Joyce: As a nurse with nearly 30 years of experience in the field, it is always refreshing and inspiring to see new graduates from nursing school enter the profession. Their energy, passion and commitment are palpable. Sometimes, so is their anxiety, as they dive into the real world of nursing, with its many challenges and opportunities.
Margaret: As a nursing student about to graduate, it is an exciting and daunting adventure to enter the work world. According to Patricia Benner, the development of the practicing nurse parallels the Dreyfus Model of Skill Acquisition.
A brand-new student nurse falls under the category of "novice." Throughout the student nurse's carefully observed clinical practice, he or she eventually reaches the "advanced beginner" stage, with the ability to perform safe and acceptable care.
About the same time the student nurse is able to celebrate the milestone of becoming a advanced beginner, a different set of inevitable phases suddenly develop. These phases are encompassed by a term known as "reality shock."
Joyce: After 30 years, it is difficult to remember the jarring experiences that marked an entry into nursing. Today's nursing students are entering a more complex field, with higher levels of professional accountability, more necessity of understanding and using computerized technologies.
Today's young nurses have more facility with technology than nurses graduating years ago. Yet, the heart of nursing remains the same; all of this must be balanced with the caring work of helping others in need in a very human way.
Margaret: While the theory of reality shock hints that the graduate will feel dispirited at some point, Benner's idea that the nurse continually gains wisdom may offer inspiration to the new nurse graduate.
The new nurse has already achieved the milestone of becoming an advanced beginner. Although an advanced beginner is countless clinical experiences away from becoming an expert nurse, this cannot discredit the fact that one tough obstacle has already been overcome. This accomplishment that needs to be remembered by the new nurse in the depths of reality shock, as it shows that he/she will be able to move onto more successes.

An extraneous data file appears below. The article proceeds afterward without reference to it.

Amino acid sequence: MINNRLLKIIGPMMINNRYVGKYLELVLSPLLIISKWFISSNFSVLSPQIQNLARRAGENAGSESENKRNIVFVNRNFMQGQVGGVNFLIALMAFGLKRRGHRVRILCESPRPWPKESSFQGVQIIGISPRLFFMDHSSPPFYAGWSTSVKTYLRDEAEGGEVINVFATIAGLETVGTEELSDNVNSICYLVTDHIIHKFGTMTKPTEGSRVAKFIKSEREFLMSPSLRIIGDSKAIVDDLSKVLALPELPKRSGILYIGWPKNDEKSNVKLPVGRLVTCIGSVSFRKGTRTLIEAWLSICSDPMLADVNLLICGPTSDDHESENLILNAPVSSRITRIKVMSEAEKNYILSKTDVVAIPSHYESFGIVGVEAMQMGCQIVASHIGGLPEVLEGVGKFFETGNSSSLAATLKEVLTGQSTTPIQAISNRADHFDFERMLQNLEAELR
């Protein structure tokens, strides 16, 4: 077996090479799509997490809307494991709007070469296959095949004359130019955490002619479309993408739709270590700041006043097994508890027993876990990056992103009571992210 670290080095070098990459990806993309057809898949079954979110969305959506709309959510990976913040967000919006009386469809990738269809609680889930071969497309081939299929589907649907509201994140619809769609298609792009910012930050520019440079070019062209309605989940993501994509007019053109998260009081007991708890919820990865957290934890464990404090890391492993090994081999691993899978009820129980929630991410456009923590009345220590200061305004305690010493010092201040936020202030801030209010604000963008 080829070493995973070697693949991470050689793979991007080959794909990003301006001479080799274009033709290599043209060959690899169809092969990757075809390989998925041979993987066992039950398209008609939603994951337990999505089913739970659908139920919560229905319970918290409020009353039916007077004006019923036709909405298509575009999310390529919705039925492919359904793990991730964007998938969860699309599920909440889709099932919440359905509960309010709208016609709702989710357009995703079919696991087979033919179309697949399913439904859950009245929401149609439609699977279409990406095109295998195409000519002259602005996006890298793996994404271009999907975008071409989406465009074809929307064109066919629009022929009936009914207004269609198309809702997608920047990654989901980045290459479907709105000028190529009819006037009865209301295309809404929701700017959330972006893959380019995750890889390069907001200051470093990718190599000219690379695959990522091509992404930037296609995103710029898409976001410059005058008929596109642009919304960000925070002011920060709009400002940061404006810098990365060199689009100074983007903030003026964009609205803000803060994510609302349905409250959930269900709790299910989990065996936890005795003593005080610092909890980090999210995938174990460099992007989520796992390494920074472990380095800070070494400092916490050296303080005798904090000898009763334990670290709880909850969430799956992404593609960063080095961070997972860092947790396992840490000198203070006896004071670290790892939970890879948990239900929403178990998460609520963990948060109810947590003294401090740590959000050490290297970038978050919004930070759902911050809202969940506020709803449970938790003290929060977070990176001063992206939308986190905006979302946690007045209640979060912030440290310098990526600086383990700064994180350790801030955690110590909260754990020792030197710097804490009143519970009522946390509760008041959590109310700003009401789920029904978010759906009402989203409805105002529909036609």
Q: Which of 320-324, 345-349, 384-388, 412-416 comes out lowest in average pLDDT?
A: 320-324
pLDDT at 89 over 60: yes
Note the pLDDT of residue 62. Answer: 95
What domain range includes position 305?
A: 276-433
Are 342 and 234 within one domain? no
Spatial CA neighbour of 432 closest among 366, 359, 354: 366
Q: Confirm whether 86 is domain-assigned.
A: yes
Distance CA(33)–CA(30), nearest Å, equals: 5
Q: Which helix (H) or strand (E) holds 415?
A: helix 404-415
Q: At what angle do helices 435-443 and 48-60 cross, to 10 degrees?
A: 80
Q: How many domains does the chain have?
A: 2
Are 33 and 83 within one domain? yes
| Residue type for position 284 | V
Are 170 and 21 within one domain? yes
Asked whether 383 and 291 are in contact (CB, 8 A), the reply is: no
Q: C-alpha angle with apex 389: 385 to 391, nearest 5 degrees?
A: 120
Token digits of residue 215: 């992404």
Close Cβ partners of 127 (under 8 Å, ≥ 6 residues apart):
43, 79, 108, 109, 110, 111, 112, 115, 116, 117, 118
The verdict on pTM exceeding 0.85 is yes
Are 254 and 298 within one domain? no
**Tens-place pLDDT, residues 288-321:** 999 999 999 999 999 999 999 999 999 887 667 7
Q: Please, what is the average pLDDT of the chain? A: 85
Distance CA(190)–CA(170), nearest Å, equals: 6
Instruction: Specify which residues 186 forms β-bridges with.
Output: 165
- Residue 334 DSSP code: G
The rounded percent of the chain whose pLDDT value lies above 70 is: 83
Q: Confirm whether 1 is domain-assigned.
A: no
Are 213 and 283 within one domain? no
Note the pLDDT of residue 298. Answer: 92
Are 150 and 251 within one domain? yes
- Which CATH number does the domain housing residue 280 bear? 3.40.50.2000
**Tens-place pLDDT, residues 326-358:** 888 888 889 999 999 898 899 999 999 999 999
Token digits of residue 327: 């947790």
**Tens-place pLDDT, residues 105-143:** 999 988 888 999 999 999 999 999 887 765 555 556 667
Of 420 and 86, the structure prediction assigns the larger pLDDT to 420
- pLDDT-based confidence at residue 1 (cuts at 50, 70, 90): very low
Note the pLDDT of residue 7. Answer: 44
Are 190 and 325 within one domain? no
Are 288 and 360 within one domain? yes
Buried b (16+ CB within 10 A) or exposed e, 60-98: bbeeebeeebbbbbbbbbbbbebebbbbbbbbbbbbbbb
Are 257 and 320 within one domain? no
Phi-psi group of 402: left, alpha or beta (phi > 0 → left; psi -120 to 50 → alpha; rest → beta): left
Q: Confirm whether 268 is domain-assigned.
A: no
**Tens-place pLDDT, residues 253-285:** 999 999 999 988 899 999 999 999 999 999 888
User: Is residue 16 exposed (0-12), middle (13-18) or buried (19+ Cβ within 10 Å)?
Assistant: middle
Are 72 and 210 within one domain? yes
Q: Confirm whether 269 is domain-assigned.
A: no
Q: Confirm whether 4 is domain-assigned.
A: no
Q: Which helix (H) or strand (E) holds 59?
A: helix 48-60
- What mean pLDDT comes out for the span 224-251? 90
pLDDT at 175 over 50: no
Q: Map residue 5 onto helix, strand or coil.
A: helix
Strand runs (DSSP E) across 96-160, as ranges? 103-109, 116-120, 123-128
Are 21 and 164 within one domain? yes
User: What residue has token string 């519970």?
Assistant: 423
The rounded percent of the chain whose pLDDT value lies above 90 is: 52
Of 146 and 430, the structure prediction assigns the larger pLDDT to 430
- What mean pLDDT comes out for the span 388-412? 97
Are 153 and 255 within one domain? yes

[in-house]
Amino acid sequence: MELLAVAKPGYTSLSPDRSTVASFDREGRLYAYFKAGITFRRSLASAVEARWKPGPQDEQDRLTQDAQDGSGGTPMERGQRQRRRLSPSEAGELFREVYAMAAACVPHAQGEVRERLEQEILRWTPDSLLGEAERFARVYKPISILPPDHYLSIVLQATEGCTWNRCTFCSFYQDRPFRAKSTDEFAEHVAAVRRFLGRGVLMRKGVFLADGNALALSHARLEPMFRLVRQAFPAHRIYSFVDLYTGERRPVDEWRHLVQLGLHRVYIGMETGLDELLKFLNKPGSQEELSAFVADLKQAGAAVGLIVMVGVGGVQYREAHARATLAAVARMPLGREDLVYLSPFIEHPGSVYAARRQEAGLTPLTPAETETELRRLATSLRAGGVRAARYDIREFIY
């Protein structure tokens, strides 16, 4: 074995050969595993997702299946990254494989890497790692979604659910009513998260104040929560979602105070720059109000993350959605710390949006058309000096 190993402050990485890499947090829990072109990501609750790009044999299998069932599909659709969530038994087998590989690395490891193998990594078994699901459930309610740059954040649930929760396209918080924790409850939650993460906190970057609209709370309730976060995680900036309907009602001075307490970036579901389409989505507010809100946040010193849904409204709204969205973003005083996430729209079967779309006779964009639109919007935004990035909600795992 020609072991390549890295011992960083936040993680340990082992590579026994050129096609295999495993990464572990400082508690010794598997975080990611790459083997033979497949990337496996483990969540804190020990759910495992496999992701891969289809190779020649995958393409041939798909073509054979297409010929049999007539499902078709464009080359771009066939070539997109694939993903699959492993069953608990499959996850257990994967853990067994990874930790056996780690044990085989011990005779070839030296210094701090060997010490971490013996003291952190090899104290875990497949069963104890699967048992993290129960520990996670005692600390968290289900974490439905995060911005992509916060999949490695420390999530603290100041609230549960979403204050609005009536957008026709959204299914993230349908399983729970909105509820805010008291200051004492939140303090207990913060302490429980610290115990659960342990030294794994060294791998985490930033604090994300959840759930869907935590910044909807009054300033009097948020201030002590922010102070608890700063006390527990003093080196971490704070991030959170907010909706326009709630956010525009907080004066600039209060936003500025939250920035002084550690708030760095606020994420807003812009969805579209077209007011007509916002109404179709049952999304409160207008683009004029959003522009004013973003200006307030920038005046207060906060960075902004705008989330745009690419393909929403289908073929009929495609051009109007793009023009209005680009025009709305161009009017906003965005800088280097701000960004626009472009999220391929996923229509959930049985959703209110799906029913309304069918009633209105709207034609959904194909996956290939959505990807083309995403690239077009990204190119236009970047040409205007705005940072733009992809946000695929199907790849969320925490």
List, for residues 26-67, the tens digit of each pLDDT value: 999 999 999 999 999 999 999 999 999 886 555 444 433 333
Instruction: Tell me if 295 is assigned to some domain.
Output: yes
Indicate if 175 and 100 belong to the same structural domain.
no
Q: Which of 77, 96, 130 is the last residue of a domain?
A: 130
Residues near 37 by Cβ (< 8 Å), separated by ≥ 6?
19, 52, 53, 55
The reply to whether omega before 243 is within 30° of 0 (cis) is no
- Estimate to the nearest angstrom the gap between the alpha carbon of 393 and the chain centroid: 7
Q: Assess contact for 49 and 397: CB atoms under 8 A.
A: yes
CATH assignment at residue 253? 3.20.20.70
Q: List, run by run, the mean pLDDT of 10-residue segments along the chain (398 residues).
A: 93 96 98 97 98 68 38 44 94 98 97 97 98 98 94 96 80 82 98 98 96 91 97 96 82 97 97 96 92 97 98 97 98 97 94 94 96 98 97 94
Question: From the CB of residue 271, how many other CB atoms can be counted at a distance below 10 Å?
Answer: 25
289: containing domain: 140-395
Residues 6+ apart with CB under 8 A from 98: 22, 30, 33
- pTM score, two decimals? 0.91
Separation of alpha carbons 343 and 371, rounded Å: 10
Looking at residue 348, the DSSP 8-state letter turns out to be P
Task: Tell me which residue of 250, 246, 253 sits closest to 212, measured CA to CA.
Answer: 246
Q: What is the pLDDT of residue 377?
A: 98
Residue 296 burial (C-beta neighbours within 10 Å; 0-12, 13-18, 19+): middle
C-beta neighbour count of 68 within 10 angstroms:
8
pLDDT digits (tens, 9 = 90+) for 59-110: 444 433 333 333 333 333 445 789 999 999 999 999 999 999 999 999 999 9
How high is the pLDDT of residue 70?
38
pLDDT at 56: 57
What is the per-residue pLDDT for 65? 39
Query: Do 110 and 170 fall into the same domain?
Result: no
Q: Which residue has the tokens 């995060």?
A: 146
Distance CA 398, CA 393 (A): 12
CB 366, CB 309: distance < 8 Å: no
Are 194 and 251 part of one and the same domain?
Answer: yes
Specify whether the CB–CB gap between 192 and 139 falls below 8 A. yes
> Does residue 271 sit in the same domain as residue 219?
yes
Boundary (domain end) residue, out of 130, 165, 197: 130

Anticipation of reality shock, and the knowledge that one will move out of the advanced beginner stage and into competency, proficiency and expertise, will ease the bumpiness experienced early in a nurse's career.
For this nearly graduated nursing student, remembering the life lessons from nursing school should prove to be invaluable. These lessons, imparted by teachers, fellow students and experience, include:
• Practice care of the caregiver.
• Practice positive self-talk.
• Support your colleagues.
• Practice and master organizational skills.
• Ask for help.
• Lose the desire for perfection.
• When there is too much to do, do the next thing.
Joyce: Many young people today speak of wanting to serve. It is deeply satisfying to see them choose nursing as a career path.
Not many professions offer such encounters with others at times when human contact, support, care and teaching can truly save or change a life.
Not many offer such a fascinating and dynamic arena for understanding human physiology and the many technological advances we see.
Not many offer the flexibility and variety of choices and directions that nurses offer.
Seeing young and new nurses enter the profession makes this 30-year nurse smile.
Congratulations to all new nursing graduates, and happy Nurses' Week to all nurses!
Joyce Dombrouski is a registered nurse and chief nursing officer at St. Patrick Hospital and Health Sciences Center. Margaret Sommers is a graduating nursing student from the Montana State University College of Nursing.